Source: van der Watt, M., & van der Westhuizen, A. (2017). Police Practice and Research, and available from this link (subscription journal).
NSW Police horses/Flickr
“Something profound is changing our concept of trust, says Rachel Botsman. While we used to place our trust in institutions like governments and banks, today we increasingly rely on others, often strangers, on platforms like Airbnb and Uber and through technologies like the blockchain. This new era of trust could bring with it a more transparent, inclusive and accountable society — if we get it right. Who do you trust?”
Source: Botsman, R. (2016). TED talk (17:05 minutes) and available from this link (open access).
“Over the past 15 years, we have studied collaboration in hundreds of teams, in settings as varied as professional services, oil and gas, high tech, and consumer goods. By carefully observing people during various stages of project-driven work, we have learned a tremendous amount about multi-teaming. In this article we discuss why it is so prevalent in today’s economy, examine the key problems that crop up for organizational and team leaders, and provide recommendations for how to solve them.”
Source: Mortensen, M & Gardner, H. (2017). Harvard Business Review, and available form this link (open access, with personal registration).
“Public management and administration researchers need to integrate the scholarship on collaboration through systems thinking. How do we define collaboration? How do we distinguish among the categories of collaborative public management (CPM), collaborative governance (CG), and networks? How do systems and institutional context shape collaboration in these categories?”
Source: Amsler, L. B., & O’Leary, R. (2017). International Journal of Public Sector Management, and available from this link (subscription journal).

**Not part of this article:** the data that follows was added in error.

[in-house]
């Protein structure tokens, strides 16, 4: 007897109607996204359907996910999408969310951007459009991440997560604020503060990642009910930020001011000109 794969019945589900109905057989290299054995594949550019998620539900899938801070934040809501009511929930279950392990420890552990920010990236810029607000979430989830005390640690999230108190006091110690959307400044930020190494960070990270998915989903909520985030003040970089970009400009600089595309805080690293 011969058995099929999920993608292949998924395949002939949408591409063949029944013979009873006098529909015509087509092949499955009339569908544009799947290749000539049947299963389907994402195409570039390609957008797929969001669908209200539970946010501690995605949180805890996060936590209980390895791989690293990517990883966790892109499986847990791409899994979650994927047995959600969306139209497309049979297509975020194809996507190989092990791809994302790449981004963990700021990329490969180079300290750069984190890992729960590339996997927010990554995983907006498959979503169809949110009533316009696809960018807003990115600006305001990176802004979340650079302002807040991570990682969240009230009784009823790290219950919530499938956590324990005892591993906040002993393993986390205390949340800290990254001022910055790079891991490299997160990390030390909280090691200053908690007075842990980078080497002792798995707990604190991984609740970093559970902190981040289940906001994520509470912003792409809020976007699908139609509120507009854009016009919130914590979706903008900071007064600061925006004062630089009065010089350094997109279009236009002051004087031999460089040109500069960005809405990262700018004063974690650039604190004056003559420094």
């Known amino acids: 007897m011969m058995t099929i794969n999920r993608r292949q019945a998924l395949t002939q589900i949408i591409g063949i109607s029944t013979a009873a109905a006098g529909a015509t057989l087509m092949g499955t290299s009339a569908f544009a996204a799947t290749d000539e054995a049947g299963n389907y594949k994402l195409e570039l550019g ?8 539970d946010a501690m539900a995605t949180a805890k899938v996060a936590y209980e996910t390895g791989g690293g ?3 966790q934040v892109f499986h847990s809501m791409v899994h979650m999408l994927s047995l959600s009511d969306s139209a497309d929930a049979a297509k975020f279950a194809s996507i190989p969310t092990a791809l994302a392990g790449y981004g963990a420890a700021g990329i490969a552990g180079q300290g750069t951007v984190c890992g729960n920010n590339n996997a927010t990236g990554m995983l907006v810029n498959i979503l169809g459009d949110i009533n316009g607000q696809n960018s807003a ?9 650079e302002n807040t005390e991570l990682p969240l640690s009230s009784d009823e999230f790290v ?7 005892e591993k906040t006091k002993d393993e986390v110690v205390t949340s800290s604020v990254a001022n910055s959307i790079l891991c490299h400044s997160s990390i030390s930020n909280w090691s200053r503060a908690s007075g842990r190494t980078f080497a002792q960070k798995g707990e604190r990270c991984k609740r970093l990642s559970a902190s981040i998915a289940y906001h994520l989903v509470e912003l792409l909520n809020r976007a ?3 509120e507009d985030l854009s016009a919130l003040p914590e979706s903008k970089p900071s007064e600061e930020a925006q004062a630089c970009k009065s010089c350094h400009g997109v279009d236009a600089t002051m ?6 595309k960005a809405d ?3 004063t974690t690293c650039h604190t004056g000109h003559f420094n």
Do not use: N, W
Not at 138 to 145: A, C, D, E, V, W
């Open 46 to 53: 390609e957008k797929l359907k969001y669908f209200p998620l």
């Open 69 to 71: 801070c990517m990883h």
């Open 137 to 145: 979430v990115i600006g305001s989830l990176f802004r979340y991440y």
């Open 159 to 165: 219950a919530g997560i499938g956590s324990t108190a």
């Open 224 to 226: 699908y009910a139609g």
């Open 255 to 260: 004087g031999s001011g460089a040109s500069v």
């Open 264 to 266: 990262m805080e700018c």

“This blueprint offers practical lessons for launching data sharing, integration, and analysis projects that can better inform crime prevention and reduction strategies, with a focus on spatial analysis. It addresses the major challenges those engaged in data sharing projects will encounter and describes strategies to overcome those challenges. The blueprint also serves as a guide on the spatial-statistical methods that can facilitate cross-sector analysis; new trends in the technology, culture, and practice of data sharing; and the potential for future interagency and cross-jurisdictional data sharing and analyses to inform public safety strategies.”
Source: La Vigne, N. (2017). Urban Institute and available from this link (open access).
“It summarises the findings of the evaluation of the Multiagency Investigation and Support Team (MIST), which involves the co-location of a Child Abuse Squad team (WA Police), police and Child Protection and Family Support specialist child interviewers, a CPFS worker, Child and Family Advocates, and therapeutic support services to work as part of an integrated team in Armadale, Western Australia.”
Source: Bromfield, L., & Herbert, J. (2017). Australian Centre for Child Protection and available from this link (open access).